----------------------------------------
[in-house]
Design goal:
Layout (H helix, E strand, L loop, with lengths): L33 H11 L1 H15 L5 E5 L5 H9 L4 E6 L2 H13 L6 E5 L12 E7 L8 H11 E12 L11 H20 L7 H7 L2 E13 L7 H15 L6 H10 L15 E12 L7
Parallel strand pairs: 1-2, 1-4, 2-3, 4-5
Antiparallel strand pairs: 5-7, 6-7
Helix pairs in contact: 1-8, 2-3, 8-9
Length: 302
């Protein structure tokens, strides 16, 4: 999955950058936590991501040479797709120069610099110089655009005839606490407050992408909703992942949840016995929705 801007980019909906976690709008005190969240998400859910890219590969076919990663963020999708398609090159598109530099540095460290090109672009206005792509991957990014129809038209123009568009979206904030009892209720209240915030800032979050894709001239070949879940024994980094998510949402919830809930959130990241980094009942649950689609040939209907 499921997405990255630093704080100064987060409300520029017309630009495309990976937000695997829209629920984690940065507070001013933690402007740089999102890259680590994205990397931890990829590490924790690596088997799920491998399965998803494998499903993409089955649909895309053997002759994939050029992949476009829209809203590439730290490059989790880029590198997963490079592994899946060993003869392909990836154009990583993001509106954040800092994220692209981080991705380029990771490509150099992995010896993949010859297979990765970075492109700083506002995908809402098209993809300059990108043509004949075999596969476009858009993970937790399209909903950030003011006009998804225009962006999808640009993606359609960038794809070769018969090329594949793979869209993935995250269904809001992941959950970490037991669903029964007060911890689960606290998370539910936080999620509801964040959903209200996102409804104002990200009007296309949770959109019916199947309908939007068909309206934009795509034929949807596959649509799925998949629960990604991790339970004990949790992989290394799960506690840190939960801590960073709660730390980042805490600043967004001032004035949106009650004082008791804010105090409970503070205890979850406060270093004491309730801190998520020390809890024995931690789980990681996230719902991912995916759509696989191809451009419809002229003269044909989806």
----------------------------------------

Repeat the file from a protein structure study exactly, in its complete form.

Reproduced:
[in-house]
Design goal:
Layout (H helix, E strand, L loop, with lengths): L33 H11 L1 H15 L5 E5 L5 H9 L4 E6 L2 H13 L6 E5 L12 E7 L8 H11 E12 L11 H20 L7 H7 L2 E13 L7 H15 L6 H10 L15 E12 L7
Parallel strand pairs: 1-2, 1-4, 2-3, 4-5
Antiparallel strand pairs: 5-7, 6-7
Helix pairs in contact: 1-8, 2-3, 8-9
Length: 302
């Protein structure tokens, strides 16, 4: 999955950058936590991501040479797709120069610099110089655009005839606490407050992408909703992942949840016995929705 801007980019909906976690709008005190969240998400859910890219590969076919990663963020999708398609090159598109530099540095460290090109672009206005792509991957990014129809038209123009568009979206904030009892209720209240915030800032979050894709001239070949879940024994980094998510949402919830809930959130990241980094009942649950689609040939209907 499921997405990255630093704080100064987060409300520029017309630009495309990976937000695997829209629920984690940065507070001013933690402007740089999102890259680590994205990397931890990829590490924790690596088997799920491998399965998803494998499903993409089955649909895309053997002759994939050029992949476009829209809203590439730290490059989790880029590198997963490079592994899946060993003869392909990836154009990583993001509106954040800092994220692209981080991705380029990771490509150099992995010896993949010859297979990765970075492109700083506002995908809402098209993809300059990108043509004949075999596969476009858009993970937790399209909903950030003011006009998804225009962006999808640009993606359609960038794809070769018969090329594949793979869209993935995250269904809001992941959950970490037991669903029964007060911890689960606290998370539910936080999620509801964040959903209200996102409804104002990200009007296309949770959109019916199947309908939007068909309206934009795509034929949807596959649509799925998949629960990604991790339970004990949790992989290394799960506690840190939960801590960073709660730390980042805490600043967004001032004035949106009650004082008791804010105090409970503070205890979850406060270093004491309730801190998520020390809890024995931690789980990681996230719902991912995916759509696989191809451009419809002229003269044909989806």